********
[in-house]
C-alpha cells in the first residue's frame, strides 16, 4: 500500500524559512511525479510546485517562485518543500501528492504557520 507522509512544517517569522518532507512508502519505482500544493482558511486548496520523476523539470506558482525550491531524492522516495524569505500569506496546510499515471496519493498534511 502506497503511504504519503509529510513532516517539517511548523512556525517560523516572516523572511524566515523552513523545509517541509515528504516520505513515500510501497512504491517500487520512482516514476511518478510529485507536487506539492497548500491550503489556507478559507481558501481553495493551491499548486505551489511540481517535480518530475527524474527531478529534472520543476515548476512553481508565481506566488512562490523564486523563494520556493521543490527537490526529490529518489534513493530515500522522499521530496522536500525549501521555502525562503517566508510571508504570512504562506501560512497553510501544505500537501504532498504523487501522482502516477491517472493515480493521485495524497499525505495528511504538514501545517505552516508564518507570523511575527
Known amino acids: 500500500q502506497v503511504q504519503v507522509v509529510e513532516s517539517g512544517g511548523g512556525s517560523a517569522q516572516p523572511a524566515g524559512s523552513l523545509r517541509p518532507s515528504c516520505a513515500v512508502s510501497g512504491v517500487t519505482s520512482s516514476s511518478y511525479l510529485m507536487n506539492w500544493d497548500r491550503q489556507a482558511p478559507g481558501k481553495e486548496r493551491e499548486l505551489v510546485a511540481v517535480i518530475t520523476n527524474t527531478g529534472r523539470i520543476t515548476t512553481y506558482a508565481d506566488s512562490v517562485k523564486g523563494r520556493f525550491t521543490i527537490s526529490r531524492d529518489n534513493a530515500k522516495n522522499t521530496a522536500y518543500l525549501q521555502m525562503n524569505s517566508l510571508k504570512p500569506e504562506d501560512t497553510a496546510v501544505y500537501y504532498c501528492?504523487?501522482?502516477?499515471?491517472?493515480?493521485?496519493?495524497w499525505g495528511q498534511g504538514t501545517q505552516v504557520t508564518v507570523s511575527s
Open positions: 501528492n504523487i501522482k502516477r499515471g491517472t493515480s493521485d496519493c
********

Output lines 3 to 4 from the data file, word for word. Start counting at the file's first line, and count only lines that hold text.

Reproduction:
Known amino acids: 500500500q502506497v503511504q504519503v507522509v509529510e513532516s517539517g512544517g511548523g512556525s517560523a517569522q516572516p523572511a524566515g524559512s523552513l523545509r517541509p518532507s515528504c516520505a513515500v512508502s510501497g512504491v517500487t519505482s520512482s516514476s511518478y511525479l510529485m507536487n506539492w500544493d497548500r491550503q489556507a482558511p478559507g481558501k481553495e486548496r493551491e499548486l505551489v510546485a511540481v517535480i518530475t520523476n527524474t527531478g529534472r523539470i520543476t515548476t512553481y506558482a508565481d506566488s512562490v517562485k523564486g523563494r520556493f525550491t521543490i527537490s526529490r531524492d529518489n534513493a530515500k522516495n522522499t521530496a522536500y518543500l525549501q521555502m525562503n524569505s517566508l510571508k504570512p500569506e504562506d501560512t497553510a496546510v501544505y500537501y504532498c501528492?504523487?501522482?502516477?499515471?491517472?493515480?493521485?496519493?495524497w499525505g495528511q498534511g504538514t501545517q505552516v504557520t508564518v507570523s511575527s
Open positions: 501528492n504523487i501522482k502516477r499515471g491517472t493515480s493521485d496519493c